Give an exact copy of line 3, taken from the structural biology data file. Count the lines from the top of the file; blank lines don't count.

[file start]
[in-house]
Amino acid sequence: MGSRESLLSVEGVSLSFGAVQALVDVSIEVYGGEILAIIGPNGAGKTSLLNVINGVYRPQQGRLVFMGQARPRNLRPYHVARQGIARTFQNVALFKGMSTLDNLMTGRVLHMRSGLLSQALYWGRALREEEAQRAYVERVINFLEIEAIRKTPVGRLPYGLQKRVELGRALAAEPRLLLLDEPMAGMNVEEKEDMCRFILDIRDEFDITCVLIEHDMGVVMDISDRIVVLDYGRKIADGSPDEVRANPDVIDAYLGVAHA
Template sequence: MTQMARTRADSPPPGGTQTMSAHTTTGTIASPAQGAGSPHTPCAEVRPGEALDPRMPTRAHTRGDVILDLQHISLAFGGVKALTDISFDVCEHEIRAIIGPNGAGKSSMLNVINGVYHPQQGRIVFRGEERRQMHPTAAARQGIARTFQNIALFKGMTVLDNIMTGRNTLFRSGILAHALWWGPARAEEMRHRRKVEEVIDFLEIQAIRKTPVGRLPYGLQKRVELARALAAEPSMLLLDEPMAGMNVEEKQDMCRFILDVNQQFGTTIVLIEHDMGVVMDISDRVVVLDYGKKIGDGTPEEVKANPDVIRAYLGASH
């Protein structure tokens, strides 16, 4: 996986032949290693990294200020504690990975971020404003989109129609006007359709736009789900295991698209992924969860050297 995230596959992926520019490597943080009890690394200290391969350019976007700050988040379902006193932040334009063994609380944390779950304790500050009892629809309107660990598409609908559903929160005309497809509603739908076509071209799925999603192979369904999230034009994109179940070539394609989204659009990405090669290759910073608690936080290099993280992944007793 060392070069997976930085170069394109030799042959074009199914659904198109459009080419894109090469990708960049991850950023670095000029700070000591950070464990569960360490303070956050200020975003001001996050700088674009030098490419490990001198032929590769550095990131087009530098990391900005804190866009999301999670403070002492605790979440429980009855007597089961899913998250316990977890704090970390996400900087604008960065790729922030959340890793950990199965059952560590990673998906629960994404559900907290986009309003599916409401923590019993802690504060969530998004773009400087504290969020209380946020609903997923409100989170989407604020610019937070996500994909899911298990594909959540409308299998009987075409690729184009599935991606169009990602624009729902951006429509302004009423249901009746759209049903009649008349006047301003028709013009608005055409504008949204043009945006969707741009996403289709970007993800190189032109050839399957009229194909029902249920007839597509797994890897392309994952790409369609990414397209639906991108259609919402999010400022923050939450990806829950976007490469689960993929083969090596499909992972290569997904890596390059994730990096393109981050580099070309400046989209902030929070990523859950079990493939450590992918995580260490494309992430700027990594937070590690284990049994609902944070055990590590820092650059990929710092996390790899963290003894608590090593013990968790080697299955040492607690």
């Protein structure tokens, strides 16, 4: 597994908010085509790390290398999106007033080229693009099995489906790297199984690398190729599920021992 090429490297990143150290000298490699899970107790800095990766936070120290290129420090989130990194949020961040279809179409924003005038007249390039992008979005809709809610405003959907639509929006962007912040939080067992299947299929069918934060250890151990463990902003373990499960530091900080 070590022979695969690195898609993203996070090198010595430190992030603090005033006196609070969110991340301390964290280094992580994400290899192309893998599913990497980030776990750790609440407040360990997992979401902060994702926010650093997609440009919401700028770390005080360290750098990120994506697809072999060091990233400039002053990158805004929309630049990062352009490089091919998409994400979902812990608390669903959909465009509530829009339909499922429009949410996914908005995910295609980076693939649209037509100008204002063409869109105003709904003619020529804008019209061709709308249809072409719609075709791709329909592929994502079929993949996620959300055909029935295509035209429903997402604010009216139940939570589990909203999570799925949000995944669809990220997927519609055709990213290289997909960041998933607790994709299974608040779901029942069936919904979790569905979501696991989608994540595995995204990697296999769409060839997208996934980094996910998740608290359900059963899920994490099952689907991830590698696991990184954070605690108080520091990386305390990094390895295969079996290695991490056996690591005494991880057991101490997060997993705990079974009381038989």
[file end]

Template sequence: MTQMARTRADSPPPGGTQTMSAHTTTGTIASPAQGAGSPHTPCAEVRPGEALDPRMPTRAHTRGDVILDLQHISLAFGGVKALTDISFDVCEHEIRAIIGPNGAGKSSMLNVINGVYHPQQGRIVFRGEERRQMHPTAAARQGIARTFQNIALFKGMTVLDNIMTGRNTLFRSGILAHALWWGPARAEEMRHRRKVEEVIDFLEIQAIRKTPVGRLPYGLQKRVELARALAAEPSMLLLDEPMAGMNVEEKQDMCRFILDVNQQFGTTIVLIEHDMGVVMDISDRVVVLDYGKKIGDGTPEEVKANPDVIRAYLGASH